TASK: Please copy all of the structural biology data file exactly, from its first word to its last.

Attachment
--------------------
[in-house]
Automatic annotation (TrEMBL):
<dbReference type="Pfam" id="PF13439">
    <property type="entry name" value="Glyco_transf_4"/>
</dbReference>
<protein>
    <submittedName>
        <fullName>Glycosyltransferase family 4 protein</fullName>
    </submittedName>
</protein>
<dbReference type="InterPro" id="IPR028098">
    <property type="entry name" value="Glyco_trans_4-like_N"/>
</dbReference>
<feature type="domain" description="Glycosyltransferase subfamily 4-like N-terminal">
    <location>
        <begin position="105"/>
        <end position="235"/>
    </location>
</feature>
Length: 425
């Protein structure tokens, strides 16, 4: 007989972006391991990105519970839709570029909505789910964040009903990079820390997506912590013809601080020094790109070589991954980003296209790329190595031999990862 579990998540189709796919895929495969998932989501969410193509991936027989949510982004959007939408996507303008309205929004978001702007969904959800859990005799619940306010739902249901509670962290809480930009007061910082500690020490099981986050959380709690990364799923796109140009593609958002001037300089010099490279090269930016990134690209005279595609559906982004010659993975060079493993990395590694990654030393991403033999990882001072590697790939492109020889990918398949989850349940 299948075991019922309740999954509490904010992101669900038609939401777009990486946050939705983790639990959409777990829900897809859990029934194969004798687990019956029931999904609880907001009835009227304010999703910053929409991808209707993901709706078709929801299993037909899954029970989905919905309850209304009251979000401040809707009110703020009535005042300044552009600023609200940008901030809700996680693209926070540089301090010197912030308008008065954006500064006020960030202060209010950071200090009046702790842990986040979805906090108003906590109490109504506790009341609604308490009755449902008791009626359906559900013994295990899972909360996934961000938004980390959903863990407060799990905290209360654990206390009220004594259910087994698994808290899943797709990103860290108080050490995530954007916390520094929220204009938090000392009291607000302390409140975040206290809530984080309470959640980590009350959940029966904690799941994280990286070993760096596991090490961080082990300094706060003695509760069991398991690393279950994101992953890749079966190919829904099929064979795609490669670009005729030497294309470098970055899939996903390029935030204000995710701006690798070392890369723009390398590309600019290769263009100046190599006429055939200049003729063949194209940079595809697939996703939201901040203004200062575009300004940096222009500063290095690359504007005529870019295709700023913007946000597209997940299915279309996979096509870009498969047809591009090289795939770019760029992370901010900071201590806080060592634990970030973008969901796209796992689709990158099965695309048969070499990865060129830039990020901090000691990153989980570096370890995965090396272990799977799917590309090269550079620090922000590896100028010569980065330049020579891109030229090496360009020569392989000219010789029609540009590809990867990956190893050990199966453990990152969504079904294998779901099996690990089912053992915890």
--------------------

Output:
[in-house]
Automatic annotation (TrEMBL):
<dbReference type="Pfam" id="PF13439">
    <property type="entry name" value="Glyco_transf_4"/>
</dbReference>
<protein>
    <submittedName>
        <fullName>Glycosyltransferase family 4 protein</fullName>
    </submittedName>
</protein>
<dbReference type="InterPro" id="IPR028098">
    <property type="entry name" value="Glyco_trans_4-like_N"/>
</dbReference>
<feature type="domain" description="Glycosyltransferase subfamily 4-like N-terminal">
    <location>
        <begin position="105"/>
        <end position="235"/>
    </location>
</feature>
Length: 425
């Protein structure tokens, strides 16, 4: 007989972006391991990105519970839709570029909505789910964040009903990079820390997506912590013809601080020094790109070589991954980003296209790329190595031999990862 579990998540189709796919895929495969998932989501969410193509991936027989949510982004959007939408996507303008309205929004978001702007969904959800859990005799619940306010739902249901509670962290809480930009007061910082500690020490099981986050959380709690990364799923796109140009593609958002001037300089010099490279090269930016990134690209005279595609559906982004010659993975060079493993990395590694990654030393991403033999990882001072590697790939492109020889990918398949989850349940 299948075991019922309740999954509490904010992101669900038609939401777009990486946050939705983790639990959409777990829900897809859990029934194969004798687990019956029931999904609880907001009835009227304010999703910053929409991808209707993901709706078709929801299993037909899954029970989905919905309850209304009251979000401040809707009110703020009535005042300044552009600023609200940008901030809700996680693209926070540089301090010197912030308008008065954006500064006020960030202060209010950071200090009046702790842990986040979805906090108003906590109490109504506790009341609604308490009755449902008791009626359906559900013994295990899972909360996934961000938004980390959903863990407060799990905290209360654990206390009220004594259910087994698994808290899943797709990103860290108080050490995530954007916390520094929220204009938090000392009291607000302390409140975040206290809530984080309470959640980590009350959940029966904690799941994280990286070993760096596991090490961080082990300094706060003695509760069991398991690393279950994101992953890749079966190919829904099929064979795609490669670009005729030497294309470098970055899939996903390029935030204000995710701006690798070392890369723009390398590309600019290769263009100046190599006429055939200049003729063949194209940079595809697939996703939201901040203004200062575009300004940096222009500063290095690359504007005529870019295709700023913007946000597209997940299915279309996979096509870009498969047809591009090289795939770019760029992370901010900071201590806080060592634990970030973008969901796209796992689709990158099965695309048969070499990865060129830039990020901090000691990153989980570096370890995965090396272990799977799917590309090269550079620090922000590896100028010569980065330049020579891109030229090496360009020569392989000219010789029609540009590809990867990956190893050990199966453990990152969504079904294998779901099996690990089912053992915890």